Home People Profile Bham People Bessemer Native LaTasha Cook-Williams on Making History And Her City Better

Bessemer Native LaTasha Cook-Williams on Making History And Her City Better

By Erica Wright
The Birmingham Times

As the city of Bessemer grew, so did LaTasha Cook-Williams.

The 45-year-old Marvel City native is the first woman and first African American to serve as president of the Bessemer Area Chamber of Commerce, a position she has held since 2015.

“I am excited to set some examples and, hopefully, make it easier for the generation after me when it comes to taking leadership positions,” she said.

Cook-Williams said she has noticed gradual changes with businesses in Bessemer since she started working with the chamber as an intern in 1992.

“It was predominately Caucasian [back then], … but I’ve seen diversity shift in Bessemer, even in the leadership positions,” she said. “More [people of color] are getting involved and knowing how important it is to reach their customer base.”

Seventy-one percent of Bessemer residents are Black, and one of the first Black-owned businesses in the city was Anthony Underwood Automotive, Cook-Williams recalled. Since then, more African Americans have been promoted within companies and become business owners in the city, she added.

The chamber’s main goals involve creating, enhancing, and promoting business in the Bessemer area.

“We build networking opportunities and avenues for local business.” Cook-Williams said. “Anything the economic development arm of the city needs, we work with them to create business in the community or help to assist with bringing business into the community.”

Reared in Bessemer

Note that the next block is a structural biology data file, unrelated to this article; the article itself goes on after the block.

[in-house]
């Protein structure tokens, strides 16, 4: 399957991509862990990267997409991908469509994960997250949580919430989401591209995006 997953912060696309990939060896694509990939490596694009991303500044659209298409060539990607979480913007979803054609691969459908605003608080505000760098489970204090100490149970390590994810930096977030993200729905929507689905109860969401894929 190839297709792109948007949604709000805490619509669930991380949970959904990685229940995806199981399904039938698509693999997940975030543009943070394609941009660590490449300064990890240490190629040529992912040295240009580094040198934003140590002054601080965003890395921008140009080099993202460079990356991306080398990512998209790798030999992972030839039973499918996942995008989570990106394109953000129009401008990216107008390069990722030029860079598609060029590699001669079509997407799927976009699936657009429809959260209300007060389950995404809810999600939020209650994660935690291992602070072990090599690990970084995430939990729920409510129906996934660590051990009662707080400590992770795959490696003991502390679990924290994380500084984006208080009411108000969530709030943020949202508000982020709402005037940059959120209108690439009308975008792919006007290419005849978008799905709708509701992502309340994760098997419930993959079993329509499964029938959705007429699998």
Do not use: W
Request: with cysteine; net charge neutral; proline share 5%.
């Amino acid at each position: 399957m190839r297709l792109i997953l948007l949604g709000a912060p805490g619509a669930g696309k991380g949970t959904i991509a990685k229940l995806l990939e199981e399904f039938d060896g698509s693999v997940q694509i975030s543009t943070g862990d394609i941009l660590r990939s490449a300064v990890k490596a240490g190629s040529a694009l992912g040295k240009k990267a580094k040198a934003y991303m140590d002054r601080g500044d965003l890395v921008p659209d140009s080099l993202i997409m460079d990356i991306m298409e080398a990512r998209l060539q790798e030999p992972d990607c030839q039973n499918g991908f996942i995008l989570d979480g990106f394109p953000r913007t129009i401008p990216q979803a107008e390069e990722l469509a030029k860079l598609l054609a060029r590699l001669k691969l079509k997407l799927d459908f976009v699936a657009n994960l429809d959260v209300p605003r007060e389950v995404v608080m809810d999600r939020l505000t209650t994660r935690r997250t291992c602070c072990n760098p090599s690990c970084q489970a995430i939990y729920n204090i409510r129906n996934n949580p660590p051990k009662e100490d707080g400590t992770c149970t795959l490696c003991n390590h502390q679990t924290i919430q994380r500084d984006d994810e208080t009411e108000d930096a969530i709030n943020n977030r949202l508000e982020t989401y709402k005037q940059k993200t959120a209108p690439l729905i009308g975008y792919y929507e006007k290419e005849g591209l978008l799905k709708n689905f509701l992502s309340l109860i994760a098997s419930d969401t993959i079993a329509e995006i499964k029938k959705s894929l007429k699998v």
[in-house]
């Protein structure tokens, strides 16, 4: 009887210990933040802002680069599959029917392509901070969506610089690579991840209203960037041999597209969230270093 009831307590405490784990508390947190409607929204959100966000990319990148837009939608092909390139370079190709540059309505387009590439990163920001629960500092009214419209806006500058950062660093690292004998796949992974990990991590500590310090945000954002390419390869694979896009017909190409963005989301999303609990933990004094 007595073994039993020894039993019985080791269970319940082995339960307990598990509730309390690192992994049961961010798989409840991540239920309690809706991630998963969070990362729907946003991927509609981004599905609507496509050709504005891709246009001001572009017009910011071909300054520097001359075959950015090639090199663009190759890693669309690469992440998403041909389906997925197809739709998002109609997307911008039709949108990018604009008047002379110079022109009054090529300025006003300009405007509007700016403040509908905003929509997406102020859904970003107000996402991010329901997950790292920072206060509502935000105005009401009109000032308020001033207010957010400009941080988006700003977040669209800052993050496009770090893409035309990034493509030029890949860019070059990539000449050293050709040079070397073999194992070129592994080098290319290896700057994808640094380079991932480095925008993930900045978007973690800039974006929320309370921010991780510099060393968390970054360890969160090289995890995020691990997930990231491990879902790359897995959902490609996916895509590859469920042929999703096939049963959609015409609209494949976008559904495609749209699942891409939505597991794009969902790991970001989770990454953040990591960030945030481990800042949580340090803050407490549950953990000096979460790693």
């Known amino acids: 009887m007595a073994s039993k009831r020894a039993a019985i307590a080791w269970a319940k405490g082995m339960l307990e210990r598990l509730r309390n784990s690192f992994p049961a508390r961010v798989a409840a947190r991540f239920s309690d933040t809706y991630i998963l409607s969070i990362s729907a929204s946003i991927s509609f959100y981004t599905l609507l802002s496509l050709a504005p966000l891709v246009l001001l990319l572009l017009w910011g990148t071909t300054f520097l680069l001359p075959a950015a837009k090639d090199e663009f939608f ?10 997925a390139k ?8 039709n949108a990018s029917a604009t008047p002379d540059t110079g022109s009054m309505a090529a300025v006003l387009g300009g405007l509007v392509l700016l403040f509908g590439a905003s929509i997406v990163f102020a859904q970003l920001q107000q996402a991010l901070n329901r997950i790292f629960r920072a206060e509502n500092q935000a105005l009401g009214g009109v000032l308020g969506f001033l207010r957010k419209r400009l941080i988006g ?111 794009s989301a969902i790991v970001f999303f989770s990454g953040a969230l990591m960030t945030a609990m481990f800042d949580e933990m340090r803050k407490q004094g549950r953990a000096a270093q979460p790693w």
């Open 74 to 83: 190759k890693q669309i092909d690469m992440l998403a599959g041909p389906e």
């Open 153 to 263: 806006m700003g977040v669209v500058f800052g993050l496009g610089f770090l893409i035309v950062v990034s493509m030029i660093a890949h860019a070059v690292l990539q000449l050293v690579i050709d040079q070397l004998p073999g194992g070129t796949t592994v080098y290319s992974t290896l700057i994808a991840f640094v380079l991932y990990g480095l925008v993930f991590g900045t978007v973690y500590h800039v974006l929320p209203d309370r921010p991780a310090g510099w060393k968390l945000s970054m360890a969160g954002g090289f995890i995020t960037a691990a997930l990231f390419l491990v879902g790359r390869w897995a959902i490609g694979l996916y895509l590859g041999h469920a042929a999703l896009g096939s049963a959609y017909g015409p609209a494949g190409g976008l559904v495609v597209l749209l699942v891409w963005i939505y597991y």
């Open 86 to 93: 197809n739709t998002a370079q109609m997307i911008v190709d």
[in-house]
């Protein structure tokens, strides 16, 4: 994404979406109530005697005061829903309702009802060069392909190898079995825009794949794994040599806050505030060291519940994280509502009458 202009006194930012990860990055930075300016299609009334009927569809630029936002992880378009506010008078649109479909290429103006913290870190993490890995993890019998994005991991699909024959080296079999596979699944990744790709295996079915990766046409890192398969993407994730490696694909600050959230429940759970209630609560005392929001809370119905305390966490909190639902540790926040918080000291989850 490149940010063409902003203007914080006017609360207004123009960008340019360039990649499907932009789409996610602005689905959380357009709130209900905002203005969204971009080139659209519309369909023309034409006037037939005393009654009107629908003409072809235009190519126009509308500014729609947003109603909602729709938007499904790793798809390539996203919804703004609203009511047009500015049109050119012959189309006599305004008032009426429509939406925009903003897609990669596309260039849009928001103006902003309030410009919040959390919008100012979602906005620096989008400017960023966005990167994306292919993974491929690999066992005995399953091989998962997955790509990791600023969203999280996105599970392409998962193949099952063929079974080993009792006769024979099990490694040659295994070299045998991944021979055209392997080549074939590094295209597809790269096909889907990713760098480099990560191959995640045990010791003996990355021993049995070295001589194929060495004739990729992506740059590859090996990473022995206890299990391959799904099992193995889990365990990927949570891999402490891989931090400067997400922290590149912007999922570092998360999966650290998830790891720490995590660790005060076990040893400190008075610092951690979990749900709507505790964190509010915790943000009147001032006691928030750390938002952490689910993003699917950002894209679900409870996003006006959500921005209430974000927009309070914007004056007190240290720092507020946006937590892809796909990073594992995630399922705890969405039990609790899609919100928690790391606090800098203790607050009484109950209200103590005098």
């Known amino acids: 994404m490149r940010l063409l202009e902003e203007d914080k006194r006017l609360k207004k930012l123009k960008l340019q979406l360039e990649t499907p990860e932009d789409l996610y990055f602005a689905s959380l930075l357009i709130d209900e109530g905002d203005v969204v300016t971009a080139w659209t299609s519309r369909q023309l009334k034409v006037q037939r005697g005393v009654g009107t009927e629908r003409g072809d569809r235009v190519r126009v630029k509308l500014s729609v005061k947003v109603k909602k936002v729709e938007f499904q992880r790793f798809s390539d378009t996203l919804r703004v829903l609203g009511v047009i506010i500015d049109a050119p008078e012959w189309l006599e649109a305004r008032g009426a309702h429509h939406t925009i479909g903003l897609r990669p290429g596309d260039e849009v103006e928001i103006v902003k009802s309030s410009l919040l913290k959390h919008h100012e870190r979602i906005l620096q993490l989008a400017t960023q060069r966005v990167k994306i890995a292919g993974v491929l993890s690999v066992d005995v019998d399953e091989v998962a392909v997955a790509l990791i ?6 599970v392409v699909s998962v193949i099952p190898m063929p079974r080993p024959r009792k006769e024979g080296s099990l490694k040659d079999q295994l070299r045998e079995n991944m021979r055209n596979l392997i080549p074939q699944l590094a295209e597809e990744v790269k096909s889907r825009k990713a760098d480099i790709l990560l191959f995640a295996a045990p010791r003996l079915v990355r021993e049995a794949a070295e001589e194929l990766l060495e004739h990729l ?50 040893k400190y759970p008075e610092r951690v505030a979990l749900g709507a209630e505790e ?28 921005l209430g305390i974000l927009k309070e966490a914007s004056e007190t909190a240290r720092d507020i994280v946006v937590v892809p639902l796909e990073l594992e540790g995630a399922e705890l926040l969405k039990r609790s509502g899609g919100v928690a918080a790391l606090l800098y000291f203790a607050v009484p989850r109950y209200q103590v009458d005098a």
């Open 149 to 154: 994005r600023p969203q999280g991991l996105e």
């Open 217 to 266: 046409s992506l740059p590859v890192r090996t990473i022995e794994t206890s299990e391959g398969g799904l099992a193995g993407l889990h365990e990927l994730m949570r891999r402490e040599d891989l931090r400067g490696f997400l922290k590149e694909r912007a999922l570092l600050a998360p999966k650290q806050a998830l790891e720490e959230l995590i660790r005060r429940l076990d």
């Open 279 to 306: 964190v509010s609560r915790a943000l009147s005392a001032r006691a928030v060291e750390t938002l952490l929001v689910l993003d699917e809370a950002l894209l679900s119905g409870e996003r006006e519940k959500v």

Cook-Williams was raised on the north side of Bessemer. She was the youngest of eight children in a close-knit community, where her mother was a supervisor in nursing homes and her father worked with car dealerships across the region.

“Growing up with older siblings, they were pretty tough on me, they didn’t cut me any slack. Usually, the baby of the family is spoiled, but that wasn’t the case [in our family],” Cook-Williams said. “Through that, I believe I’ve become [strong].

“Our mother was very strong, and one thing she instilled in all of her children was ‘Give it your best.’ That [mindset] helped all of us because average was never OK.”

Both of Cook-Williams’s parents are deceased, but she said her mom would be proud “because she set a real strong foundation.”

“Even though I am the youngest, I feel that [my siblings] treat me as if I’m the oldest. I have a very good support system with my siblings, … so they rally behind whatever I am doing and whatever I am working on. Whatever job or goal I have, they are willing to volunteer when I need a hand,” she said of her siblings, two of whom live in Bessemer; the others are spread out across the state.

Cook-Williams attended Abrams Elementary School and Davis Middle School. She also attended Jess Lanier High School, where she was a member of the Beta Club and the National Honor Society. She remembers one particular program that provided jobs and work experience for students; it was spearheaded by current Alabama State Sen. Priscilla Dunn for District 19, which includes Bessemer, and schoolteacher Callie Moore.

“In 1992, [Sen.] Dunn got me in at the [Bessemer] Chamber of Commerce, where my duties included filing,” Cook-Williams said. “I was able to go to the chamber and work from 1:30 [p.m.] to 5 [p.m.] every day.”

After graduating from high school in 1993, Cook-Williams attended Lawson State Community College (LSCC) for a year and then went on to the University of Alabama at Birmingham (UAB), where she majored in public relations while continuing to work for the chamber. Eventually a full-time position became available at the chamber and Cook-Williams left UAB.